- The Bill looks at dam safety in a holistic manner. The Bill not only deals with the structural aspects of dams but also works towards enhancing operational and maintenance effectiveness through strict Operation and Maintenance (O&M) protocols.
- Penal provisions have been made to ensure compliance with the provisions contained in this Bill, which include offenses and punishment thereof.
- The Bill provides for a definite time frame to establish a strong institutional framework with the cooperation of both the Center and the States.
- The Bill also focuses on the implementation of mandatory dam safety measures by the dam owners within a given time frame.
- The passage of this bill heralds a new era of dam safety and water resource management in India. The passage of this bill has ushered in a new era of dam safety and water resource management in India.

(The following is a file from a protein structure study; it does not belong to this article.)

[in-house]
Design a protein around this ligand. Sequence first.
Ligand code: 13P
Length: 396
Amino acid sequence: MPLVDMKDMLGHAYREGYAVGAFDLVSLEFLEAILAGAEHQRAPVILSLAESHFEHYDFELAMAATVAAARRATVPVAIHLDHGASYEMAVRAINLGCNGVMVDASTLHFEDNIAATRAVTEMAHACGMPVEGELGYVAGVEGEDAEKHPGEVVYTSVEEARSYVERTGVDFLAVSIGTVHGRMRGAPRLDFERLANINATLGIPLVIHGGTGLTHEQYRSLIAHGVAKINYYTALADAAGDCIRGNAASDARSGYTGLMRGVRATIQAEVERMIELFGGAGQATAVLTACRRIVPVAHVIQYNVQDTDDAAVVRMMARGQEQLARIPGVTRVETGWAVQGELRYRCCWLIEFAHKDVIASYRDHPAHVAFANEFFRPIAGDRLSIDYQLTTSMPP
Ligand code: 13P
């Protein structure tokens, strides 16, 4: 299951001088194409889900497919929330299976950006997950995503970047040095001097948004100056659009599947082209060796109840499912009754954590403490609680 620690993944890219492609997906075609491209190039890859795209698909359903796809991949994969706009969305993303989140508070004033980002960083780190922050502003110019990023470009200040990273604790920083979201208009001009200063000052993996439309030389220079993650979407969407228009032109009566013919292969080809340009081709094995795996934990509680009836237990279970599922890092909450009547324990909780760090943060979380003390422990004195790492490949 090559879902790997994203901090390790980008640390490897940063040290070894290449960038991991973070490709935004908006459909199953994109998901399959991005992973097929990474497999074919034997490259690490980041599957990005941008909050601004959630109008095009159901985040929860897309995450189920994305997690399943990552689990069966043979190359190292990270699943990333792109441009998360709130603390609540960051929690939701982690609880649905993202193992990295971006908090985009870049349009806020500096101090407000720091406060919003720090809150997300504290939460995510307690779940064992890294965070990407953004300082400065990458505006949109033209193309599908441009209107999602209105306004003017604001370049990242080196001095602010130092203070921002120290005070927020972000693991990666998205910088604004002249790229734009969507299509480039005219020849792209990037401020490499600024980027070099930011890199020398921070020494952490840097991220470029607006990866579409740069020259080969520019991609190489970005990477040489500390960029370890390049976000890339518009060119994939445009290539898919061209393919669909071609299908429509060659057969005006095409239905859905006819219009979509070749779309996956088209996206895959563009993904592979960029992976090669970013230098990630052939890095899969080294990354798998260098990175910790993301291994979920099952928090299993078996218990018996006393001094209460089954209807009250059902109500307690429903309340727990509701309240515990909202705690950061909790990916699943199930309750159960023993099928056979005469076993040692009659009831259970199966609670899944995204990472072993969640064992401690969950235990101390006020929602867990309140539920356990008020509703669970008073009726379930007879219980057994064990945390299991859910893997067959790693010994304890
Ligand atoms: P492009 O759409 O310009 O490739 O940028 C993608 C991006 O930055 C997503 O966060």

- India is the third largest country in the world, after China and the US, with the largest number of dams. There are about 5,700 big dams in our country, out of which about 80% dams are more than 25 years old. There are about 227 such dams in the country, which are more than 100 years old and are still functional.
- Although India has a track record of dam safety at par with that of developed countries, there have been instances when the country has faced problems like untimely dam failure and pathetic dam maintenance.
- The Dam Safety Bill will provide adequate facilities for monitoring, inspection, operation and maintenance of all major dams in the country, so as to prevent disasters in the event of a dam failure.